George Cochrane has been named the combines manager for the Okanagan Hockey Group, where he will work with Jason Wild, the manager of combines operations. . . . Cochrane had been the head coach of the Kamloops Minor Hockey Association from 2006-17. He left that position to join BC Hockey as manager of programs at their Okanagan Regional Centre. This season, he also was the general manager for the Kamloops-based Thompson Blazers of the B.C. Major Midget Hockey League. . . . There is a complete news release right here.


EdChynowethCup

NOTES: The Vancouver Giants get their first chance at advancing to the WHL championship final tonight when they entertain the Spokane Chiefs in Langley, B.C. The Giants hold a 3-1 edge in the Western Conference final, after F Dawson Holt scored at 7:07 of OT to give them a 4-3 victory in Spokane on Wednesday night. . . . Holt has three goals and two assists in the four games with the Chiefs. He has five goals and seven assists in 14 playoff games after totalling six goals and 13 assists in 53 regular-season games. . . . Steve Ewen of Postmedia has more on Holt and this series right here. . . . The Giants haven’t been in the WHL final since the spring of 2007 when they lost a seven-game series to the Medicine Hat Tigers. The Giants were the host team for the Memorial Cup that year and went on to win it all. . . .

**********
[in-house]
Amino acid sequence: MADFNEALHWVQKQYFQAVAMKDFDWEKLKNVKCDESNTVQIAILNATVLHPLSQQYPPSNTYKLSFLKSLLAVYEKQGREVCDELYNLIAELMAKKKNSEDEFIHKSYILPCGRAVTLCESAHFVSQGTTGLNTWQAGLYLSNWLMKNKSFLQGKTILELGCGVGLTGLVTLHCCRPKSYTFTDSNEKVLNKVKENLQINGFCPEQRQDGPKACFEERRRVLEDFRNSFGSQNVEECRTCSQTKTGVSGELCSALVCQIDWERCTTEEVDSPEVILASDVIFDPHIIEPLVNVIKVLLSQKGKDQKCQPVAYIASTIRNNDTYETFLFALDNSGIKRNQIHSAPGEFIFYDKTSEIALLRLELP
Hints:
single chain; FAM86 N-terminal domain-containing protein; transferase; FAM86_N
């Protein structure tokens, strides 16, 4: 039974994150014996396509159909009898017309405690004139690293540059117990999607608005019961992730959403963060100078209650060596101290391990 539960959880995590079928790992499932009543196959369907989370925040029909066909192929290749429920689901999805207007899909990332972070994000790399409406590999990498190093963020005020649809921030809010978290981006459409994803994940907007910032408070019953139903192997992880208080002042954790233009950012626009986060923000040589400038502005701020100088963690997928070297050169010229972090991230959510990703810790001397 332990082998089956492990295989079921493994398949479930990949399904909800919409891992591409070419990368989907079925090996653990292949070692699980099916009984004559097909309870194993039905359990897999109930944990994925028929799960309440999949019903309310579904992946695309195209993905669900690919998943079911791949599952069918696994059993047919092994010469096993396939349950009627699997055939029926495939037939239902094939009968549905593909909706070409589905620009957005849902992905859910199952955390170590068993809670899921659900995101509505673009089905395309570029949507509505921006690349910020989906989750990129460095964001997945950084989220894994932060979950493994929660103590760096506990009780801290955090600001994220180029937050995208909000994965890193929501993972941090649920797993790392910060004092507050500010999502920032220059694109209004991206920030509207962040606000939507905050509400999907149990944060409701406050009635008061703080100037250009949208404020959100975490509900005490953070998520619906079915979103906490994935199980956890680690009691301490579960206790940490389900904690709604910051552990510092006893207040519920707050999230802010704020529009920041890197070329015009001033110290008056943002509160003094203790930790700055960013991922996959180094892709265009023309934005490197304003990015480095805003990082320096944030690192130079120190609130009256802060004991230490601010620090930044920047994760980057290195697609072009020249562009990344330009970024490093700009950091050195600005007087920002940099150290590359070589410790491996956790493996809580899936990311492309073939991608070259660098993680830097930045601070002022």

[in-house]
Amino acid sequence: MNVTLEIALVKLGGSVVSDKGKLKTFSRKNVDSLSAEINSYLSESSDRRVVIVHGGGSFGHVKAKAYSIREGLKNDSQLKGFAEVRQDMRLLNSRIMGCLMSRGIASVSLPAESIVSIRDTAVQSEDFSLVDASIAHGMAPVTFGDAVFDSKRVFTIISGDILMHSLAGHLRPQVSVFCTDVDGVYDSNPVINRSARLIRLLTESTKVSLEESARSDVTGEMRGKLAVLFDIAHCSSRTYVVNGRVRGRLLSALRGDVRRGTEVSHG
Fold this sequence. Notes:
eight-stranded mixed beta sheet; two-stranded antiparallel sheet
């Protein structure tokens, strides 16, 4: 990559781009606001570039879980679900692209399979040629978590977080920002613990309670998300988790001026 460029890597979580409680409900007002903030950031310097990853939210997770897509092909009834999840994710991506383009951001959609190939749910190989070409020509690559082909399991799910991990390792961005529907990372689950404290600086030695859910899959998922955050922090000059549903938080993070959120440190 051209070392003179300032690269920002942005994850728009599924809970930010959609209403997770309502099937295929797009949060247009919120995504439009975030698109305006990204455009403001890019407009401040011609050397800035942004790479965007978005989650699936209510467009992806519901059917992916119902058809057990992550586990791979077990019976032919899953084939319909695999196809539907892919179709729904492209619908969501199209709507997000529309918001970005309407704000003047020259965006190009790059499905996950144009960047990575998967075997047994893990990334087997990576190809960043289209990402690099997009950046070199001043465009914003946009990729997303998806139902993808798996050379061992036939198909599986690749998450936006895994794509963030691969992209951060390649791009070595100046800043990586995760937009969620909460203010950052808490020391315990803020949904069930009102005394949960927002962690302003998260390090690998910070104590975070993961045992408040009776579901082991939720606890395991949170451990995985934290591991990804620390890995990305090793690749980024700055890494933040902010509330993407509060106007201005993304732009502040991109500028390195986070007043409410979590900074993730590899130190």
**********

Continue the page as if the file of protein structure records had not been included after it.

The Eastern Conference final also resumes tonight as the Edmonton Oil Kings meet the Raiders in Prince Albert. . . . The series is tied, 2-2, after the Raiders skated to a 2-1 victory in Edmonton on Wednesday night. These teams will return to Edmonton for Game 6 on Sunday afternoon.


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Scattershooting on a doink-doink NFL Sunday . . . ‘Canes move to top of division . . . Miner digging second shutout

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Thanks to friend Jack Finarelli (aka The Sports Curmudgeon) for passing along the link to Gene Collier’s annual Trite Trophy-related column in the Pittsburgh Post-Gazette. . . . This is the 35th annual and Collier starts it with this:

“Some in our cherished audience might find it unfathomable that the Trite Trophy has been around for 35 years, but all I need for confirmation is to Look In The Mirror, where the ravages delivered by three-and-half decades of cliché wrangling are mercilessly evident.